Updated: Mon, 3 Dec 2012 7:57 IST
Indi-genius AKASH 2 Tablet
Conceived as a nationalist dare, Aakash unwittingly reveals the give-and-take of globalisation
After India proudly presented the Aakash 2 tablet for inspection at the UN, Secretary-General Ban ki-Moon congratulated it for being a tech superpower. Aakash is still being sold as a story of Indian engineering and policy imagination, though it is clear that the tablet is, in fact, less than fully indigenous. Even Datawind admits that several parts, including motherboards, were made in China, and only the final assembly was done in India.
The point is not to ridicule Aakash, which is a pioneering effort in affordable computing, the latest in a line of initiatives to bring a cheap-and-best device to the underserved. While the market usually takes care of the bottom of the pyramid, given the obvious opportunity, the state can also catalyse and support these efforts, and nudge innovation into useful directions. However, the very premise of Aakash was a nationalistic dare — it was an “anything you can do, we can do better” rebuff to One Laptop Per Child, a boast that it could produce a laptop at $10, then a tablet at $35, though even that with a heavy subsidy. Much of its hardware may have been sourced from around the world, and it runs on Android, but its marketing was rife with appeals to homegrown genius.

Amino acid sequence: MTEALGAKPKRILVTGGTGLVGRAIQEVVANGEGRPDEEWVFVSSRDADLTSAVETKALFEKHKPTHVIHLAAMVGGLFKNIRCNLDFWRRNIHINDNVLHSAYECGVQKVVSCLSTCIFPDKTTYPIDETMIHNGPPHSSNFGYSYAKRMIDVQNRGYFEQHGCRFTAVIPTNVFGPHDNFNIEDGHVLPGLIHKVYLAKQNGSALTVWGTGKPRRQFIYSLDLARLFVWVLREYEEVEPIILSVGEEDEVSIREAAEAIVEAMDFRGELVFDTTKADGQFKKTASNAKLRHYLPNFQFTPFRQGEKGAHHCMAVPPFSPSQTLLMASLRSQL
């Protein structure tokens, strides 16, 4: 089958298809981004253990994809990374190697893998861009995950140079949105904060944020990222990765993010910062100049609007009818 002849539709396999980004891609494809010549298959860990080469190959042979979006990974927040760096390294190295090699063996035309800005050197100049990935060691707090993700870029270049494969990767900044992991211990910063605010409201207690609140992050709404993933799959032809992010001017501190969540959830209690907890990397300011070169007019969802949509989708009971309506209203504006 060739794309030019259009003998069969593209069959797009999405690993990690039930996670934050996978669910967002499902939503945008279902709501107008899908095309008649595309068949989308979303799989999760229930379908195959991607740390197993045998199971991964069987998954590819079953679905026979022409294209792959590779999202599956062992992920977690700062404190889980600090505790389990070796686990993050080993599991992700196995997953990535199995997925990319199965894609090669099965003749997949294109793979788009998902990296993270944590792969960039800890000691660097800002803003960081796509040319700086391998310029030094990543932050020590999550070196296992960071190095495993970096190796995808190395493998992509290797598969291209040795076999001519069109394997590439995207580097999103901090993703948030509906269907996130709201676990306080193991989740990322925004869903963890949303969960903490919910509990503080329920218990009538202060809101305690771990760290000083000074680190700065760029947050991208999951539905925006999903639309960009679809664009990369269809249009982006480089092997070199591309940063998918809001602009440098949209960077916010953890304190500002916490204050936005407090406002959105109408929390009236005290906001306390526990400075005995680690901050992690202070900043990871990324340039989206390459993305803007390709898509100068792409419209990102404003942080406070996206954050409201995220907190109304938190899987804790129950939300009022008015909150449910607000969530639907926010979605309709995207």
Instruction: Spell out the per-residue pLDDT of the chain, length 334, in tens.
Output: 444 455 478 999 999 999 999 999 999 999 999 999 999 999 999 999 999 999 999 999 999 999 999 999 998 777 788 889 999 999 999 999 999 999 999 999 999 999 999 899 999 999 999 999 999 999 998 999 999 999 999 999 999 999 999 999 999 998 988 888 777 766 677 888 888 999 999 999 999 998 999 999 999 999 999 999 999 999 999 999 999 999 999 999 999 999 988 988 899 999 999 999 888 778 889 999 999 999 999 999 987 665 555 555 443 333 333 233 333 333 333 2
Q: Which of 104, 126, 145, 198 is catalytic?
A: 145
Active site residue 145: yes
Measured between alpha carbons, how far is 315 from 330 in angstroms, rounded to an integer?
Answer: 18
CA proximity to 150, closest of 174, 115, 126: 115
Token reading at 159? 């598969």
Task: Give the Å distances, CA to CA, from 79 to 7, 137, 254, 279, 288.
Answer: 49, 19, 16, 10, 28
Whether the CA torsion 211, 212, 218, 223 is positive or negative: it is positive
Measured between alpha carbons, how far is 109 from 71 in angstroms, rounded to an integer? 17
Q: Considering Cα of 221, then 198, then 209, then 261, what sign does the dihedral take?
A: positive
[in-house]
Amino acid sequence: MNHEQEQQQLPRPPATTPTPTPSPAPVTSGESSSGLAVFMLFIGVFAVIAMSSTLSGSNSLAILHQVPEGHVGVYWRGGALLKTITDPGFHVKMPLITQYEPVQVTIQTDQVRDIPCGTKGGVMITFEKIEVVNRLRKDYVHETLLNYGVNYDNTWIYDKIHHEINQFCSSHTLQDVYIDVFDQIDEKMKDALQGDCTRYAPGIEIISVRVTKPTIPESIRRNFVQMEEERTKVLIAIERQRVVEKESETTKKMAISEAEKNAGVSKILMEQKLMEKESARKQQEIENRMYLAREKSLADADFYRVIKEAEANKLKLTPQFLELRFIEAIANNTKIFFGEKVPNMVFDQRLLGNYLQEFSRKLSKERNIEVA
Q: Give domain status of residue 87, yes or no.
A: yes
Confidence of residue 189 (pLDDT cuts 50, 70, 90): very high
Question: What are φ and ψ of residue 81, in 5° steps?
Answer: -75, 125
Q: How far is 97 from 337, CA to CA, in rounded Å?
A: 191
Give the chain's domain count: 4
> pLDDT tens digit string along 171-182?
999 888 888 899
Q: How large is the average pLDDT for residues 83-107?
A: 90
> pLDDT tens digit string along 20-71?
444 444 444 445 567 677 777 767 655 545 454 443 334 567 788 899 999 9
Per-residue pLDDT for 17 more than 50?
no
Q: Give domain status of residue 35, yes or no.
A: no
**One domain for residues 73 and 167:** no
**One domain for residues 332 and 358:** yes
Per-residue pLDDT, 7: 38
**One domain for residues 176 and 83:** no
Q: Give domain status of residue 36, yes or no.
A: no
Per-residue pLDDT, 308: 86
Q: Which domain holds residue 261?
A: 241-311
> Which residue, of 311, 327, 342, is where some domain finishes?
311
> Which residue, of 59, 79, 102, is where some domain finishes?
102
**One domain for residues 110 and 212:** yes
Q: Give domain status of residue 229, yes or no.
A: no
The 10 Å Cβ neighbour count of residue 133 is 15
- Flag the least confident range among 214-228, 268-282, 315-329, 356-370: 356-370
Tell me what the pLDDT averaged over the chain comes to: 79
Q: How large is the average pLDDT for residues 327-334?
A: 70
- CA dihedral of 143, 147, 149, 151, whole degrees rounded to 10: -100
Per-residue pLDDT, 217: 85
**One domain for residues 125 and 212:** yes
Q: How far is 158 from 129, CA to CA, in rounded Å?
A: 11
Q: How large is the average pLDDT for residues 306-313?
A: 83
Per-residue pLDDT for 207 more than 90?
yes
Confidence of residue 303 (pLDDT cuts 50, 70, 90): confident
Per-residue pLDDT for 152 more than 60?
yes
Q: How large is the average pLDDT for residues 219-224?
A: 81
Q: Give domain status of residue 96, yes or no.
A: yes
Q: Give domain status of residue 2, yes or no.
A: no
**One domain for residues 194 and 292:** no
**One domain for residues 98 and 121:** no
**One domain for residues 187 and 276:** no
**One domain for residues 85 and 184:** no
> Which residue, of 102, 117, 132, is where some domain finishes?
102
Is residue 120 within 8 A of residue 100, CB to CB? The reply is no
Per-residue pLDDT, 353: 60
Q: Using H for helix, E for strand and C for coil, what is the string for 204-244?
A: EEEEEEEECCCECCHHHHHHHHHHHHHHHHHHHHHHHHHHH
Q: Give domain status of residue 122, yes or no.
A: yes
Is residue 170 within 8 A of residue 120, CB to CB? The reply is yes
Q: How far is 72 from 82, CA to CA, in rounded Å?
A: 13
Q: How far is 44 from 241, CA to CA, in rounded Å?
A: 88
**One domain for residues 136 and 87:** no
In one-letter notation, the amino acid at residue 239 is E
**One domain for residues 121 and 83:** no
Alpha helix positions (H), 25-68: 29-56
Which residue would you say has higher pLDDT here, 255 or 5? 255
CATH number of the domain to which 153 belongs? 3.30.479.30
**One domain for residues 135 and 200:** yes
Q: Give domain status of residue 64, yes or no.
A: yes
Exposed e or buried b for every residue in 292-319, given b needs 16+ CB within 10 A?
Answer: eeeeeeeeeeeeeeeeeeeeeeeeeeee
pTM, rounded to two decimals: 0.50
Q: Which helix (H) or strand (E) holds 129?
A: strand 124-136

Aakash, then, has unwittingly become an object lesson in globalisation and comparative advantage. It makes sense all around, and drives down costs for consumers, for nations to specialise in areas where they have an edge. If China is a more efficient electronics manufacturing hub, India can chip in with something else. The goal of providing an entry-level computing device is best kept separate from chest-puffing about Indian inventiveness.